Finally, we got them on and hurried up on deck, where we found many people. My husband aided six persons to get into their life preservers properly. One was a woman with a heavy fur coat. “Madam, you must get out of that coat.” said Mr. Naish. “The fur will sink you.” She took it off, and he tied her life preserver on again for her. Another woman was wearing a long, heavy, wool coat with a large fur collar, her life preserver outside of that and her baby tied to the life preserver on her breast. Mr. Naish told her she must take the coat off and manage differently about the baby or both would be drowned. A pitifully strange sight was a woman, glassy-eyed, mouth hanging open and emitting queer sounds. She was dragging her life belt. As we tied it on her, another woman came along, her hat tied on with a long motor veil.

By that time the ship had tipped so far we couldn’t take our footing without taking hold of something. A boat was being launched, and one end dropped letting all the people it contained into the sea. At the sight, I felt faint and asked Mr. Naish to pinch me to help me back to consciousness. He did, and I was alright again in a moment. We made no effort to get into the lifeboats. Mr. Naish had promised me long before he would never force me to get into a lifeboat unless there was room for him.

Now, I saw the water coming closer. A boatman came up and said “She’s steady. She’ll float for an hour.” But I knew she wasn’t steady, and wouldn’t float for an hour. “Look,” I said, “at the horizon and the railing of this boat. We’ll be gone in a minute.” And gone we were. The Irish coast looked far away, and the song “It’s a Long Long Way to Tipperary” kept glancing through my mind.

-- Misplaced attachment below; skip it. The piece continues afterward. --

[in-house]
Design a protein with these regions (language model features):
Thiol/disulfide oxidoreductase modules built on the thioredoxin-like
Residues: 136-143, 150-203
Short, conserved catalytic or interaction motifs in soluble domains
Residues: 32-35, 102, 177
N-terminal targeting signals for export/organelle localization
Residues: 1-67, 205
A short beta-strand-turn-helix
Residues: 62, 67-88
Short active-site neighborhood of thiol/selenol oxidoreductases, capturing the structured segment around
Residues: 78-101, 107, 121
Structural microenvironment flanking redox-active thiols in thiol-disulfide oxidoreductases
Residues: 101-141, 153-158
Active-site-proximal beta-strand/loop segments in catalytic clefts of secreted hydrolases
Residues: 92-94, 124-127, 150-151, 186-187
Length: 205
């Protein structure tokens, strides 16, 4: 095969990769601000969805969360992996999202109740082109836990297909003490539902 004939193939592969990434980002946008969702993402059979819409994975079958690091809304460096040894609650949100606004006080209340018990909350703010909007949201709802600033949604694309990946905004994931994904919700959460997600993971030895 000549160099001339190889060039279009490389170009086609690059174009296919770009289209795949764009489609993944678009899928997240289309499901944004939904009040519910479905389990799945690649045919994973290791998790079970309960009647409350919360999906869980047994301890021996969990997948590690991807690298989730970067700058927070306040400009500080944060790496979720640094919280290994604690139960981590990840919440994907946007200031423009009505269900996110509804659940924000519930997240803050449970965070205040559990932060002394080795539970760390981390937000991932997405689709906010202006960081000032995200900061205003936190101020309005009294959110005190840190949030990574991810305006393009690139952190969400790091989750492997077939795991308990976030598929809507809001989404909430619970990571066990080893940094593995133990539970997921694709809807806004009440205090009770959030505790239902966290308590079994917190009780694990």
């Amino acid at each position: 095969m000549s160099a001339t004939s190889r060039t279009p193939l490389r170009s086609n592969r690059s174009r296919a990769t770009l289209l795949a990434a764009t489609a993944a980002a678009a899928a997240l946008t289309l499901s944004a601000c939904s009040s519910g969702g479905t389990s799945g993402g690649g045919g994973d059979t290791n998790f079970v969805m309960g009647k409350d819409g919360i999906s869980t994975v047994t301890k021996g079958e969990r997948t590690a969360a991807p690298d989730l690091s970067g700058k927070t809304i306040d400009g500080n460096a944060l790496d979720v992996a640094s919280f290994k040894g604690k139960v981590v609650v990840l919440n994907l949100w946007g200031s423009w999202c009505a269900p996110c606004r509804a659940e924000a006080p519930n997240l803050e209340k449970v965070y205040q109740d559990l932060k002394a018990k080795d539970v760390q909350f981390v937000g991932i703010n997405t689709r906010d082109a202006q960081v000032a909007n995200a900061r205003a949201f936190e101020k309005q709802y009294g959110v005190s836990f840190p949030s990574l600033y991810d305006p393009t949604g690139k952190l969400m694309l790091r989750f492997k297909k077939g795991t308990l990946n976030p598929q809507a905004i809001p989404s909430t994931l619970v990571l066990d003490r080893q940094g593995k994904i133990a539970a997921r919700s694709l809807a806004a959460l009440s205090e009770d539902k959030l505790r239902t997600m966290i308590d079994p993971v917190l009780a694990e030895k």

We took hold of the railing that penned in the lifeboats. I had my arm through my husband’s. But, as I felt the boat sinking I unclasped my hand from his, because I did not want to drag him down. At that moment the ship dipped down and over at the same time, bringing the water up to my armpits. A boat swung out and struck my head and cut it open, and I lifted my arm to keep it from striking my husband in the face. It seemed as if everything in the universe ripped and tore. The deck seemed to strike the soles of my feet hard.

The next thing I knew, I was twenty or thirty feet below the surface of the sea. I thought “Why, this is like being on grandmother’s feather bed.” I was comfortable. I kicked, and rose faster. My head struck something that cut my scalp, and kept bumping. I got my arms around something, and when I came out of the water I was clasping the bumper of an overturned lifeboat.

Mrs. Naish was awarded $12,500.00 for the loss her of husband by the Mixed Claims commission in 1924. A 1932 profile of Belle Naish revealed that the one-time schoolteacher had channeled her grief in a positive direction. She had spent the previous fifteen years working on behalf of libraries for the blind, transcribing books, songs, and tax information into Braille. She mentioned that she still kept in touch with Robert Kay, Theodate Pope, and other survivors who she did not name. She continued to live in the Kansas City area until her death at age 84, on August 25th., 1950. Camp Theodore Naish, a Boy Scout Camp endowed by Mrs. Naish still exists outside of Kansas City.

Robert Kay died in Maspeth, Queens, on November 30, 1981. He was 73.